JJ: I think so, yeah. It’s definitely a bit more sexy, you know, more emphasis on the lyrics. With jazz you know there’s gonna be a lot more instrumental sections, a lot more solos. There aren’t really any solos [on No Beginning No End], it’s not really a jazz album. I wanted to really focus on communication through words. As a lyricist, I’m really proud of this album, especially the track “Bird Of Space” or “No Beginning No End,” the title track, I think those are some of my best lyrics. Also, it’s kind of about slowing things down. I was listening to Leon Ware and Marvin Gaye‘s album I Want You a lot during this album. Nothing was fast, nothing was rushed, they take their time to say what they need to say, so that was a focus for me as well.
L+T: Expand on working with Pino Palladino and the presence he has on this album.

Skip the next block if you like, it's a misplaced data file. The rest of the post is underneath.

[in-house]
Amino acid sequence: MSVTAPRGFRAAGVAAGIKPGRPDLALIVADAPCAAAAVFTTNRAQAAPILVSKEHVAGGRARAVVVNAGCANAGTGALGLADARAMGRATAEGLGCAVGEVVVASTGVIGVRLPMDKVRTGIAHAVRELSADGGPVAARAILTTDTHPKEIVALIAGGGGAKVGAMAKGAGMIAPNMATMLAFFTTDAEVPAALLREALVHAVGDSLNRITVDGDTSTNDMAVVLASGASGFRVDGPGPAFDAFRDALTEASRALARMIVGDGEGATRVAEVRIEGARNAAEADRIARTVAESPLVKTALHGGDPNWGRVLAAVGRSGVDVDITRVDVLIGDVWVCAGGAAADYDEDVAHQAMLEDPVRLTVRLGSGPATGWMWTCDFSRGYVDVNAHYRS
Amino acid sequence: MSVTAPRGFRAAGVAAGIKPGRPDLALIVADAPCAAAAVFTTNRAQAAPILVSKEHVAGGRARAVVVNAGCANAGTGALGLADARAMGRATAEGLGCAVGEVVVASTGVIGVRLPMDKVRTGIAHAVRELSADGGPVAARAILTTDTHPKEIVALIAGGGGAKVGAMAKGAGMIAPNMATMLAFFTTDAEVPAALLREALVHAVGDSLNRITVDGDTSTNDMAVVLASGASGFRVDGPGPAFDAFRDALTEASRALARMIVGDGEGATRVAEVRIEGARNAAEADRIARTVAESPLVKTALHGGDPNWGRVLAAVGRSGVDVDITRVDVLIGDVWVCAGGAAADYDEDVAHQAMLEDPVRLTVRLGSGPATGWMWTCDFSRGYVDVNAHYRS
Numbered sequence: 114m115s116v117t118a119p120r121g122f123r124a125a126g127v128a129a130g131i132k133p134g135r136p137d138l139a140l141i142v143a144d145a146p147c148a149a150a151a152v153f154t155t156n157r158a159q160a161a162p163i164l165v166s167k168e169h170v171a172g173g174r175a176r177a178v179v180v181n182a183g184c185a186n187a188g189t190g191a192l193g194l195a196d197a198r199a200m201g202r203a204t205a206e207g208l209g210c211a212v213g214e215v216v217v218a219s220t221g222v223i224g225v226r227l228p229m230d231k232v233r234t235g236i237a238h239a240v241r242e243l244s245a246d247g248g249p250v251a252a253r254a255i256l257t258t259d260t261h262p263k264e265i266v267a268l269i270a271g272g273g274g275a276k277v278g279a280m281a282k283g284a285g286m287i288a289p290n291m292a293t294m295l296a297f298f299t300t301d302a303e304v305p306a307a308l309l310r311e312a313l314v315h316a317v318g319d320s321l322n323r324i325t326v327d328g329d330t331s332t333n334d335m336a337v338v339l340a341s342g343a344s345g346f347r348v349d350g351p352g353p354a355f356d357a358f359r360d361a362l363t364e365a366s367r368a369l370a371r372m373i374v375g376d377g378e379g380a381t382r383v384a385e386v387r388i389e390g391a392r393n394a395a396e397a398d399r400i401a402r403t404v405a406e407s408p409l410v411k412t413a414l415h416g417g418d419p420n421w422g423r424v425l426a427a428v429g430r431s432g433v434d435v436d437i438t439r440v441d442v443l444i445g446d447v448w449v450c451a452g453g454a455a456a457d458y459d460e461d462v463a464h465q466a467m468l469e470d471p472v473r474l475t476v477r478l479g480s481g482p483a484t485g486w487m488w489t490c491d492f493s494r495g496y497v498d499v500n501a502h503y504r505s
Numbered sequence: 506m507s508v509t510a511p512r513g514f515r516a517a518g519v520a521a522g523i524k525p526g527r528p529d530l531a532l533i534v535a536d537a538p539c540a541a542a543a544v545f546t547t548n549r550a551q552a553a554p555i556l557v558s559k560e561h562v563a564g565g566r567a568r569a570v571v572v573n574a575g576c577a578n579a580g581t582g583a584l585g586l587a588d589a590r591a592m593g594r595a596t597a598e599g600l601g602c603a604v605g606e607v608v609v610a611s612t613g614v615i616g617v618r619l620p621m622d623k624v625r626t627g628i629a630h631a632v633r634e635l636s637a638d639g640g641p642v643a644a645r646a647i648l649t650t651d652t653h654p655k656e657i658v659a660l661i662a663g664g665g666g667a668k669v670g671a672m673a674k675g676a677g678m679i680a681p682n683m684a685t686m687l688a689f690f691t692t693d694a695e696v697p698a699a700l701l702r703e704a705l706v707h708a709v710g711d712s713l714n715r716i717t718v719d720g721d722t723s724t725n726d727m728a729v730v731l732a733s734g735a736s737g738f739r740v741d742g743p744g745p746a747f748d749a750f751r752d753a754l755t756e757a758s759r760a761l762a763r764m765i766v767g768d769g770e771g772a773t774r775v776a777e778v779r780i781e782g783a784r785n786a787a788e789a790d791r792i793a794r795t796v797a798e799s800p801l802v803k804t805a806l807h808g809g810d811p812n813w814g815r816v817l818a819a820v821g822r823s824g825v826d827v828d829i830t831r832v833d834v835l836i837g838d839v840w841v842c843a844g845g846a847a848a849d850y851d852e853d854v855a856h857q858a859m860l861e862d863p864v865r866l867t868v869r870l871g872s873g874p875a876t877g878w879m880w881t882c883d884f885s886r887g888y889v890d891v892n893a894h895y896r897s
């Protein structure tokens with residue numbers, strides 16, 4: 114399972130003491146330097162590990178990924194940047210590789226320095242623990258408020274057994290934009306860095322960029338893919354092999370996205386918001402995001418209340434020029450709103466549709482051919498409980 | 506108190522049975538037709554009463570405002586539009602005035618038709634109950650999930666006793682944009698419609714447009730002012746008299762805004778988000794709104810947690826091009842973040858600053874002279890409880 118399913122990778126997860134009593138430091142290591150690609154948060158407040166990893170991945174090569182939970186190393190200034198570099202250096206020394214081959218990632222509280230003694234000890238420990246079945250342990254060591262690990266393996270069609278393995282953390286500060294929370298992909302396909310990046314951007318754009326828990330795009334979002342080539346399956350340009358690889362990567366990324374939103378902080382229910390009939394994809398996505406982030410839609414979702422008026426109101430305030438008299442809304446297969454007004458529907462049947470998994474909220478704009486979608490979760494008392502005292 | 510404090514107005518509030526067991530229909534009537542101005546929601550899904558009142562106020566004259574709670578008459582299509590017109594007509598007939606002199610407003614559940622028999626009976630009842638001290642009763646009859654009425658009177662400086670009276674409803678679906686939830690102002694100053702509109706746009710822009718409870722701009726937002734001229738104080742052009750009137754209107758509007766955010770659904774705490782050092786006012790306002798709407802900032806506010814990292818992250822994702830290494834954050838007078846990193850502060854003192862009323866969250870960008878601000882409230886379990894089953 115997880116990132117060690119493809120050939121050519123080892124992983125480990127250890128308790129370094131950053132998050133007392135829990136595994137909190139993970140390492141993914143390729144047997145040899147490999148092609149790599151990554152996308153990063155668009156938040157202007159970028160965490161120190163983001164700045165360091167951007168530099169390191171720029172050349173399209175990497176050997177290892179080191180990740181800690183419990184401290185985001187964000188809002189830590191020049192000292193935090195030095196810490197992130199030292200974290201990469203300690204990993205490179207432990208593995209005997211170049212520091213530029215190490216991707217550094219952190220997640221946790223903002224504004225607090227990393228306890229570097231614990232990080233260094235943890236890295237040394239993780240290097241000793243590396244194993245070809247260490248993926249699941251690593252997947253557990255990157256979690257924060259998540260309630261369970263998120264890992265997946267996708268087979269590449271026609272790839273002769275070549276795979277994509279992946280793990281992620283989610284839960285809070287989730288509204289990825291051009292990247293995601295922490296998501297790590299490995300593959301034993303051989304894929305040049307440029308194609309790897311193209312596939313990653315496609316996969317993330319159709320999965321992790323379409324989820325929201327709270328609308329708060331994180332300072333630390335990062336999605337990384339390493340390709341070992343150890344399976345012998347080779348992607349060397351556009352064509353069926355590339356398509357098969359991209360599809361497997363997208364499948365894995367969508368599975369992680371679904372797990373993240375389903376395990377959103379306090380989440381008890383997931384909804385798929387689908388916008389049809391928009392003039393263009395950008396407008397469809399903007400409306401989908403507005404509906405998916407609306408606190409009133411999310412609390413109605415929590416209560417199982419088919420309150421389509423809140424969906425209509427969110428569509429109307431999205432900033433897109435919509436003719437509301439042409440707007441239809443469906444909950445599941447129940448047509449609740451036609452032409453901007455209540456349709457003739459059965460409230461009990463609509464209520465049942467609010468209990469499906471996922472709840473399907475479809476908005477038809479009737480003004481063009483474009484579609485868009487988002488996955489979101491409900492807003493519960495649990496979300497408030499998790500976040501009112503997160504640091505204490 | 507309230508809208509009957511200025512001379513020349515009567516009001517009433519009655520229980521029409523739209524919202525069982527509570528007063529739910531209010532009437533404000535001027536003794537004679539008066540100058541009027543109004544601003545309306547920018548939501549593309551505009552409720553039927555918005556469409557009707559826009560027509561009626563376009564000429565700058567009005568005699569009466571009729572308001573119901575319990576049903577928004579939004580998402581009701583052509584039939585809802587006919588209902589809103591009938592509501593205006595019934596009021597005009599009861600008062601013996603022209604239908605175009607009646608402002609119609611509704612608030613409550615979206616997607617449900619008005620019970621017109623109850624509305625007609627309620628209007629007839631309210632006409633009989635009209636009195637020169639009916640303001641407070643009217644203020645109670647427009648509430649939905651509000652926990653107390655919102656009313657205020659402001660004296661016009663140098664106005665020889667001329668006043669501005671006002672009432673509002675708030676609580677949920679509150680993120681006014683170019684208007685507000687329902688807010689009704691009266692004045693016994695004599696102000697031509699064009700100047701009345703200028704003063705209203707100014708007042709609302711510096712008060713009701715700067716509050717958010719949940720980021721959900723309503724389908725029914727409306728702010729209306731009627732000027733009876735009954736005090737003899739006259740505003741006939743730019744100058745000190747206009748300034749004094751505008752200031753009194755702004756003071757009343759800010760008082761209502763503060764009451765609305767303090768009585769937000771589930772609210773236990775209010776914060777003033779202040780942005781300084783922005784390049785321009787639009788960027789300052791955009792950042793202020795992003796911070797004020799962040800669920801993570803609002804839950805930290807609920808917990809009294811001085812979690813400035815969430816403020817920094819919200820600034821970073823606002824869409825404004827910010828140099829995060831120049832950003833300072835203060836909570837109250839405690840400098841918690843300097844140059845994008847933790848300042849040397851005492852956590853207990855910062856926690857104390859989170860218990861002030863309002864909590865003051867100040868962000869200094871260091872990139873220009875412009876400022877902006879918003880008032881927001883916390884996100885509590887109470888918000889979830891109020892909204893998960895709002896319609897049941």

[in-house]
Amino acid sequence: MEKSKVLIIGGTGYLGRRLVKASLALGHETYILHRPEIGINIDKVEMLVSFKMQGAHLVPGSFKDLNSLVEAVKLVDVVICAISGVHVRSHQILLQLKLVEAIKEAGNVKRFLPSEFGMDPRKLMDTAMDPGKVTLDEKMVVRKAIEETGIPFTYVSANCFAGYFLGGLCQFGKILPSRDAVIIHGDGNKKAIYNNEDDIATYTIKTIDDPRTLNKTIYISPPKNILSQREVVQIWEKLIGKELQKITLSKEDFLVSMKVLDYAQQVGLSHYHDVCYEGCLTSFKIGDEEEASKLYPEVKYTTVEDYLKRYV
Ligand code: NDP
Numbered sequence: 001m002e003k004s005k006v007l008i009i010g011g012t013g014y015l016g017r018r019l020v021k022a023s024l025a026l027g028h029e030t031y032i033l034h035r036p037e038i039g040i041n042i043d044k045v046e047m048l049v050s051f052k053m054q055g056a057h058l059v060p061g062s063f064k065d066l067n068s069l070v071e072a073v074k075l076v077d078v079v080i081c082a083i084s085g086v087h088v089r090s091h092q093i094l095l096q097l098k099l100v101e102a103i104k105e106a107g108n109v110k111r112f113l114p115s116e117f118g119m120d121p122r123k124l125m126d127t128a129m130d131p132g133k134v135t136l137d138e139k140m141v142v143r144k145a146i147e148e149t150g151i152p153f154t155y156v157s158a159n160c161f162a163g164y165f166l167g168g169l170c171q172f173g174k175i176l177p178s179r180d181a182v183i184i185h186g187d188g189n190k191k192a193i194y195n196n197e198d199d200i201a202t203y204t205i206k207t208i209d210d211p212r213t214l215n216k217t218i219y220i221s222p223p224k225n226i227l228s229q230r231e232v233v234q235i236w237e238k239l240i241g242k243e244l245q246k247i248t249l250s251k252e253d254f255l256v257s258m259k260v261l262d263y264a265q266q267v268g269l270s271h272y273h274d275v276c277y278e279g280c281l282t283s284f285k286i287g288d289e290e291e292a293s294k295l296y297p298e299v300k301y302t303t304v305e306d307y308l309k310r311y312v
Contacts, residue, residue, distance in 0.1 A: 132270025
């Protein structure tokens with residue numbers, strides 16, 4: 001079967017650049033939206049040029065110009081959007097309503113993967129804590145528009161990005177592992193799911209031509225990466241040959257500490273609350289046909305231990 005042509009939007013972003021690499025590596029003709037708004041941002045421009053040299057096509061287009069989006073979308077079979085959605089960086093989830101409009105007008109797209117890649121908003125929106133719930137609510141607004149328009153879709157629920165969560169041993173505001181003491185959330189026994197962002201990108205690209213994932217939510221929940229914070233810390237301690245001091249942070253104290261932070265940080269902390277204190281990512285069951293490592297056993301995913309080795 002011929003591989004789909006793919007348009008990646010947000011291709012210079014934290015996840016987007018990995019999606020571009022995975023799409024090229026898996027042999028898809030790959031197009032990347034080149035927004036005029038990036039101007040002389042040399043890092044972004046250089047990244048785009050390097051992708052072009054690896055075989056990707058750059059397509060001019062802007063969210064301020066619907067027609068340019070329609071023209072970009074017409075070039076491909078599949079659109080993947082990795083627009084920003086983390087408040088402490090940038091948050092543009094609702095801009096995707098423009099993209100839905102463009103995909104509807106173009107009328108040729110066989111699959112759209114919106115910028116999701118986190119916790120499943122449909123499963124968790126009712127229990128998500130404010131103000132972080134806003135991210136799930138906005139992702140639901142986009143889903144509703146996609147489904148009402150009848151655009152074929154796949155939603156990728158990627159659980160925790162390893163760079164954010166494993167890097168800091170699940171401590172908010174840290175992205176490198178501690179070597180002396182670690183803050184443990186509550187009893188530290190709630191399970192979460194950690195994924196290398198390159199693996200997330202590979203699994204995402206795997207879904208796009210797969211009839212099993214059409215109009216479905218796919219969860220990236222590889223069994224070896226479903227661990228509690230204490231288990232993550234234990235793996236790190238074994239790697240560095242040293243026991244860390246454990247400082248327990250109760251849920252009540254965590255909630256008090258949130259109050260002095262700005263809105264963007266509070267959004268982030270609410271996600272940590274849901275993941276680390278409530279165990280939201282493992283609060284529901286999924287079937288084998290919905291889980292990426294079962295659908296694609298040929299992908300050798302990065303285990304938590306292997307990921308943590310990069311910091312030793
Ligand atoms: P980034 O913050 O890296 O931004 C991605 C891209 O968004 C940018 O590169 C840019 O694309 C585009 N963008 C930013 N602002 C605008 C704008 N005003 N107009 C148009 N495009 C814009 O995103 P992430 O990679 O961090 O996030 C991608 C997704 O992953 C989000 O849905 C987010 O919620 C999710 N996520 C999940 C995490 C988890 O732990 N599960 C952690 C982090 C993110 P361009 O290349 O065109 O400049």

JJ: He’s really the reason that this album has this sound and feel. I wouldn’t have been able to approach the project with the same level of confidence if he wasn’t involved. It was totally unexpected. We met in London through a mutual friend and he wanted to do some writing. We wrote the song “Make It Right” and he liked it so much he was like, “I’m gonna do the album.” For an artist on his level to reach out to a much lesser known artist who wasn’t even on the [same] label really impressed me. He brings the same work ethic to every situation. We wrote that song, then he went out on the road with Herbie and played Hollywood Bowl. We’re tracking in Brooklyn during the day and he’s going out to rehearse with D’Angelo for the European tour at night. That level of dedication and excellence was so inspiring to us all. He’d be out doing sessions with D [D’Angelo] until three or four in the morning; he’d wake up and be in the studio with us at 12 fresh and ready to play. It was amazing. Nobody sounds like him. The way he plays is so classic. Everything he played on was one take, there weren’t any overdubs or anything. He really inspired the musicians to bring their best, too, along with the engineer, myself, all the guests on the album. He’s the kind of person that has the really rare gift of not only sounding amazing, but making everybody around him better. It was like being around a master. I could go on forever. It’s pretty much impossible for anyone else in the world to play like him.